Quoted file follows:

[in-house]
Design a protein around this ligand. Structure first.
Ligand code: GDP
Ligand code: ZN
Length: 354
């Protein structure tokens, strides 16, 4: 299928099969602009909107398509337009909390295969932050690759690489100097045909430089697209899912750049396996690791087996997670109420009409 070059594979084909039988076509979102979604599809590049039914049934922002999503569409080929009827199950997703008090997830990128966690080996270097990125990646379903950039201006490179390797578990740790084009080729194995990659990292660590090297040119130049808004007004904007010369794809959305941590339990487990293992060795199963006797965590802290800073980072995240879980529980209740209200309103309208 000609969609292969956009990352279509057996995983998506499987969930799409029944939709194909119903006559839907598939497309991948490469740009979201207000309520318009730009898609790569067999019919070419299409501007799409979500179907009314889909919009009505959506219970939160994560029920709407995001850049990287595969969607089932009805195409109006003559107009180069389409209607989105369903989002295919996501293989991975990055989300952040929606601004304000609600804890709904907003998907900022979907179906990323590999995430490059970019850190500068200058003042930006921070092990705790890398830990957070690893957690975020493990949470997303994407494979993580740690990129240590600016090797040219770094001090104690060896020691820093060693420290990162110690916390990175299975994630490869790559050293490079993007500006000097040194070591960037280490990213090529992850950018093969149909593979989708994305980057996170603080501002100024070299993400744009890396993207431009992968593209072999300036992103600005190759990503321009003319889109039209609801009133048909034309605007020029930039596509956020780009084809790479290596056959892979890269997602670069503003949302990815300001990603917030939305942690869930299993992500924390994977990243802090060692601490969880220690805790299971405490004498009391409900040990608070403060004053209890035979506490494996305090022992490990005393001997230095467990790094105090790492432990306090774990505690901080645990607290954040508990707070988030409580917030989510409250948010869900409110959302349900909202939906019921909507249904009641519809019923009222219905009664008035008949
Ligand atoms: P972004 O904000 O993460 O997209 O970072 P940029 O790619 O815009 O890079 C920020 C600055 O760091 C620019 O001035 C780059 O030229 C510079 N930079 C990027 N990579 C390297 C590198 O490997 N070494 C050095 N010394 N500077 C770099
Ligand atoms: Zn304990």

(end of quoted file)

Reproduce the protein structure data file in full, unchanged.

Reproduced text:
[in-house]
Design a protein around this ligand. Structure first.
Ligand code: GDP
Ligand code: ZN
Length: 354
């Protein structure tokens, strides 16, 4: 299928099969602009909107398509337009909390295969932050690759690489100097045909430089697209899912750049396996690791087996997670109420009409 070059594979084909039988076509979102979604599809590049039914049934922002999503569409080929009827199950997703008090997830990128966690080996270097990125990646379903950039201006490179390797578990740790084009080729194995990659990292660590090297040119130049808004007004904007010369794809959305941590339990487990293992060795199963006797965590802290800073980072995240879980529980209740209200309103309208 000609969609292969956009990352279509057996995983998506499987969930799409029944939709194909119903006559839907598939497309991948490469740009979201207000309520318009730009898609790569067999019919070419299409501007799409979500179907009314889909919009009505959506219970939160994560029920709407995001850049990287595969969607089932009805195409109006003559107009180069389409209607989105369903989002295919996501293989991975990055989300952040929606601004304000609600804890709904907003998907900022979907179906990323590999995430490059970019850190500068200058003042930006921070092990705790890398830990957070690893957690975020493990949470997303994407494979993580740690990129240590600016090797040219770094001090104690060896020691820093060693420290990162110690916390990175299975994630490869790559050293490079993007500006000097040194070591960037280490990213090529992850950018093969149909593979989708994305980057996170603080501002100024070299993400744009890396993207431009992968593209072999300036992103600005190759990503321009003319889109039209609801009133048909034309605007020029930039596509956020780009084809790479290596056959892979890269997602670069503003949302990815300001990603917030939305942690869930299993992500924390994977990243802090060692601490969880220690805790299971405490004498009391409900040990608070403060004053209890035979506490494996305090022992490990005393001997230095467990790094105090790492432990306090774990505690901080645990607290954040508990707070988030409580917030989510409250948010869900409110959302349900909202939906019921909507249904009641519809019923009222219905009664008035008949
Ligand atoms: P972004 O904000 O993460 O997209 O970072 P940029 O790619 O815009 O890079 C920020 C600055 O760091 C620019 O001035 C780059 O030229 C510079 N930079 C990027 N990579 C390297 C590198 O490997 N070494 C050095 N010394 N500077 C770099
Ligand atoms: Zn304990």